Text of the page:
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for we may ask and yet not receive; as may be the case when we come to the Communion-table from worldly views and for TEMPORAL advantage alone. As when any man receives the Sacrament MERELY to qualify himself for a PLACE. I say MERELY'; for no doubt å man may receive with as much derotion when he has obtained a place, as at any other time. The law supposes (while it enjoins this as the best evidence a man can give of his hearty approbation of our happy constitution in Church and State), the law, I say, supposes that the person comes with due dispositions; otherwise by the Rubrick, which is part of the Law of the Land, the Curate is bound to repel him, as well as any other : and it is well worth observing, that though in the Test act there is a clause to oblige the Courts of Law to administer the oaths and receive the declaration, yet there is no clause to direct the clergy to administer the Sacrament to any person, though possessed of the highest post; so that this matter stands, without the least alteration, just as it did, before the act was made.”
OCCASIONAL WRITER, No. 9. 1736.
SECTION XXVII. ;
Of administering the Sacrament to the Sick
In one of those little cheap tracts so often alluded to, which are addressed to the unlearned, in order to disabuse them of their veneration for, and confidence in, the Eucharist, the simple person introduced by the Author to receive instruction asks this question among many others : “ Are we authorised to consider the celebration of the Lord's Supper, as in any degree an appointed means for procuring the remission of our sins ?— The answer is brief and peremptory :-“ No;" and the questionist is authoritatively informed, (as we have seen in the preceding pages,) that, if ever the Sacrament is administered to the sicK AND DYING, as an appointed means of obtaining the re
mission of sins, “ the participant is deceived, and the rite misapplied.”
That present remission of sins is annexed to the Sacrament worthily received has, I hope, been already proved. It is the doctrine of our own Church, and of every Church which has received the Apostles' and the Nicene Creeds. It was the doctrine of the primitive churches, even of the churches over which St. Paul presided; it is the express language of Scripture; St. Paul and his converts actually did obtain present pardon ; it is implied in the notion of justification ; it is supposed in the daily use of the Lord's Prayer; it is expressly the annexed benefit of one Sacrament, thus to wash for the present remission of sins; and therefore, if in the other, we drink blood shed for the remission of sins, we do in that also receive this same benefit *.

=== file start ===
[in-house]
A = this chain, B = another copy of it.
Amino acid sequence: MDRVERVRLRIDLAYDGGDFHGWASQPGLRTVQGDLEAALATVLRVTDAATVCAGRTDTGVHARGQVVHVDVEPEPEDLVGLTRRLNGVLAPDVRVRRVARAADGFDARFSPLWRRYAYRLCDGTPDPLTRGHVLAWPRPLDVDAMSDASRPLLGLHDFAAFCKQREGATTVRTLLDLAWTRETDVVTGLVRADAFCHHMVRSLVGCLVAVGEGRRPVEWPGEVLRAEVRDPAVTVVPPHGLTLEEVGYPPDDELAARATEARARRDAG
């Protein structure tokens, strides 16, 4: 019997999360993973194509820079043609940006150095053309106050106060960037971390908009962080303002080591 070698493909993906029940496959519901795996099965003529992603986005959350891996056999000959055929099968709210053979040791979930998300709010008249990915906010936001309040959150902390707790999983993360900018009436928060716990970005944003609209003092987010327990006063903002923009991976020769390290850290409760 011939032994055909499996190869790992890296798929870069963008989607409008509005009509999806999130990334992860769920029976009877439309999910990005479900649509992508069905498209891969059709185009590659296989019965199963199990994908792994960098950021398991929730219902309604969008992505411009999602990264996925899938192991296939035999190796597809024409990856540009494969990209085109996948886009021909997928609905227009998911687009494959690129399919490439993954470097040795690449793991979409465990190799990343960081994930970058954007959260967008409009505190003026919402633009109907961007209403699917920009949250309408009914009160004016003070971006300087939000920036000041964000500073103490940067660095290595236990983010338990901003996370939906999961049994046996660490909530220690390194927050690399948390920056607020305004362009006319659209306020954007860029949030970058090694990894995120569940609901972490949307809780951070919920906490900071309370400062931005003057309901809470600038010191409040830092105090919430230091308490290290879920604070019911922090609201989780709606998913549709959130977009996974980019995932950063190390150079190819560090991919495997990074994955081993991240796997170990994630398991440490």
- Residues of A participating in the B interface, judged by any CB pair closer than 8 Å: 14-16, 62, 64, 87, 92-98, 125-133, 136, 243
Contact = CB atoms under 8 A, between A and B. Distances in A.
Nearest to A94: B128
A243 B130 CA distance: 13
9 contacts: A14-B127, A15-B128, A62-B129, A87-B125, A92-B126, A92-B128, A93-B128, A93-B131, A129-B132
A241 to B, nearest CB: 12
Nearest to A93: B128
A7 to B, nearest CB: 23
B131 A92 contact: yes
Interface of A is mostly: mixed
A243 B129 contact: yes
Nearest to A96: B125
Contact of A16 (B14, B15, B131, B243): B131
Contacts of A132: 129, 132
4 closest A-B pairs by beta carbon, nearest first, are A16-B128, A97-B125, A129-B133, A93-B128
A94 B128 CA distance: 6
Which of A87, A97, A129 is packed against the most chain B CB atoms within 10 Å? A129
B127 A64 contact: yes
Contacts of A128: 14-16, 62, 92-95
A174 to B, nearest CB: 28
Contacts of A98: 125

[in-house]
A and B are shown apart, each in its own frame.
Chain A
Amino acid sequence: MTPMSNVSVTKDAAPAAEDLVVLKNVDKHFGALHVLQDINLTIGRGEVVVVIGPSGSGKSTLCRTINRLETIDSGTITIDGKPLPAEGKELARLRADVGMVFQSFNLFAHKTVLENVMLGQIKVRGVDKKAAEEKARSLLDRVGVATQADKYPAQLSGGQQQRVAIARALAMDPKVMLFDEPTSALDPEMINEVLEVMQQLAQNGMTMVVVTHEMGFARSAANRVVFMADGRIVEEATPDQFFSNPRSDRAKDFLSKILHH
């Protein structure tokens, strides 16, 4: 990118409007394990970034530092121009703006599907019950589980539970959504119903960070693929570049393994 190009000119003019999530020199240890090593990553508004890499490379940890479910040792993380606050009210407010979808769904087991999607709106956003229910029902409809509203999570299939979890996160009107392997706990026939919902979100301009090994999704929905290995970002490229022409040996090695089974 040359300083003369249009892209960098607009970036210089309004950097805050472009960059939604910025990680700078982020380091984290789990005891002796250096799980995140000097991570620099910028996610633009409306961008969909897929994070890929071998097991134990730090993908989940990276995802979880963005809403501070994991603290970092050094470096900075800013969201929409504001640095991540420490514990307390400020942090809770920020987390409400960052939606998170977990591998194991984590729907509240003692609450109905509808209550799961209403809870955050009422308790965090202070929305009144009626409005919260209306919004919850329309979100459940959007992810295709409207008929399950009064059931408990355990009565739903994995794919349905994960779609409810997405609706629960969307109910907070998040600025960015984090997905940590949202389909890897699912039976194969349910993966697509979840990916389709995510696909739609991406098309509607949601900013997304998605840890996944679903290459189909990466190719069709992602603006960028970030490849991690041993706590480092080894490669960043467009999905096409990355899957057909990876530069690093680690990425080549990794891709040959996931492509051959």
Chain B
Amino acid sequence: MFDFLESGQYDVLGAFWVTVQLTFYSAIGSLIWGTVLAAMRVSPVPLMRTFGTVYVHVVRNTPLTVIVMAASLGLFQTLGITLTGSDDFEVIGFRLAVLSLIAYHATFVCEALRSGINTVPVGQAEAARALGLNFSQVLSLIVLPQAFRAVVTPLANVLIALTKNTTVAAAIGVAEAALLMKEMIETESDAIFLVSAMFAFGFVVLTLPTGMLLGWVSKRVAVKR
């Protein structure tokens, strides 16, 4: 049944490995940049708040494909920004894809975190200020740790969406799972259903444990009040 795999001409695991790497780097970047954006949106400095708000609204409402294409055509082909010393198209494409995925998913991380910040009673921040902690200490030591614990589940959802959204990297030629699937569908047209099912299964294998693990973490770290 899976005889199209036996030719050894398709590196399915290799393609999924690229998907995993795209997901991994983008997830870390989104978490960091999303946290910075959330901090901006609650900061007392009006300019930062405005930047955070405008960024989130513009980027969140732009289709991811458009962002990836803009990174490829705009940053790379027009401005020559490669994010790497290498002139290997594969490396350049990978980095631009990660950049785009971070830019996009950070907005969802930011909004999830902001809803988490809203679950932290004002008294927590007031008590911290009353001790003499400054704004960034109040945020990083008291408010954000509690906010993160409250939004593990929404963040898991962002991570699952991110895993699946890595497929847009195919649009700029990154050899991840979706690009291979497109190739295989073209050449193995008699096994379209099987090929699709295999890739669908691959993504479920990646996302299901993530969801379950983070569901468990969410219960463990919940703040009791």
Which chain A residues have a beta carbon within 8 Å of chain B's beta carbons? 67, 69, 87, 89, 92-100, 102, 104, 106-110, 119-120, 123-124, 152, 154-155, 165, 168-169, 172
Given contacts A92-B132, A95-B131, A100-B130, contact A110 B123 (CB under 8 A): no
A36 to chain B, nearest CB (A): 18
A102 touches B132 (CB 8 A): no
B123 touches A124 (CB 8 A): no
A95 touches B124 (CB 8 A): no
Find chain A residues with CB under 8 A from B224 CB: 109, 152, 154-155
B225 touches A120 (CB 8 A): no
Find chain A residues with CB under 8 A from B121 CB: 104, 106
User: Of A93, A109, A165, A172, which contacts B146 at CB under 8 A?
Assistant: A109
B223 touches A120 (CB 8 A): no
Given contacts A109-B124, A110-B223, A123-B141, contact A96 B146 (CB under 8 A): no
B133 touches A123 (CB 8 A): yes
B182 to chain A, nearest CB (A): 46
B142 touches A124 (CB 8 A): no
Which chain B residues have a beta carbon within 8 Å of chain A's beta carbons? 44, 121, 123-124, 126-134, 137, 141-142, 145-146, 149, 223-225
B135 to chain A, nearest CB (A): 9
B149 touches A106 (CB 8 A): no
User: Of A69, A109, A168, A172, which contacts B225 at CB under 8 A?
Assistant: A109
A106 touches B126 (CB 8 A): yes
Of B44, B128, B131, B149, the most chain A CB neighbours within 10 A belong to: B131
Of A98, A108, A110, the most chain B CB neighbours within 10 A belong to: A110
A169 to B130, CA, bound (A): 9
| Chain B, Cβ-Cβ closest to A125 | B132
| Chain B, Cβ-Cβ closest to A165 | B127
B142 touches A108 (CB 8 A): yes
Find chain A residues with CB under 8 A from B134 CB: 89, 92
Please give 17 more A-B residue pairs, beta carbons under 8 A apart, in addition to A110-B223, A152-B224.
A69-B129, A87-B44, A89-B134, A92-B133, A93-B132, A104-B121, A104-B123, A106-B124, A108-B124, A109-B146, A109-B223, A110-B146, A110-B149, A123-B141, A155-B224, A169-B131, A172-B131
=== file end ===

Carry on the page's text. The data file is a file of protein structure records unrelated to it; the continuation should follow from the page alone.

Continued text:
Taking it now therefore for proved and granted, that remission of sins is annexed to the Sacrament, I venture to affirm, that when it is administered in order to afford comfort and hope to the sick and dying, the PENITENT participants are not deceived, and the rite is applied with peculiar propriety. They want spiritual, as well as bodily comfort ; and nothing, they themselves declare, can give it them, but the Sacrament. They trust in this holy rite, when they can trust in nothing else ; and shall a cavilling theologist, in opposition to the Church, whose authority he has bound himself to obey, and in opposition to Scripture, on which the Church has founded its authority, refuse this last solace to the poor sufferer who implores it? Forbid it Christian charity and co mon humanity!
* These points are proved to the satisfaction of candid minds in the Three Sermons on the Lord's Supper, preached by Bishop Cleaver at Oxford.
“ But it is objected,” says Bishop Cleaver, “ that the Lord's Supper, thus understood, may, if administered on a death-bed, deceive the communicant, and encourage by-standers to defer their repentance, in hopes of cancelling all accounts of sin by one single act of devotion. It may be so; but this abuse is no way chargeable on the doctrine itself. If the sick be not really penitent, so far as
may appear to human judgment, they are to blame, who, in such circumstances, administer this Sacrament. If the case be doubtful, the propriety of it will be doubtful; or, if the communicant be in a disposition only to repent, the delay of this rite should be the measure first suggested, or, if in extreme cases it be administered, the hopes of pardon should be held out in proportion to the apparent penitence; and, in truth, where the feeble promise of amendment is offered only in circumstances which too probably may preclude the means of fulfilling that promise, the value of every religious pledge will be at best but suspicious : and it belongs to an omniscient Judge only to appreciate that, to which he alone can apportion the just degree of retribution. But these and many other cases of discretion must be settled by the doctrine itself well considered, not the doctrine made to yield to the abuses, which may occasionally creep into the practice of this or any other Church.”.
As this matter is of great importance and very delicate, I have thought it right to support my opiniops by those of a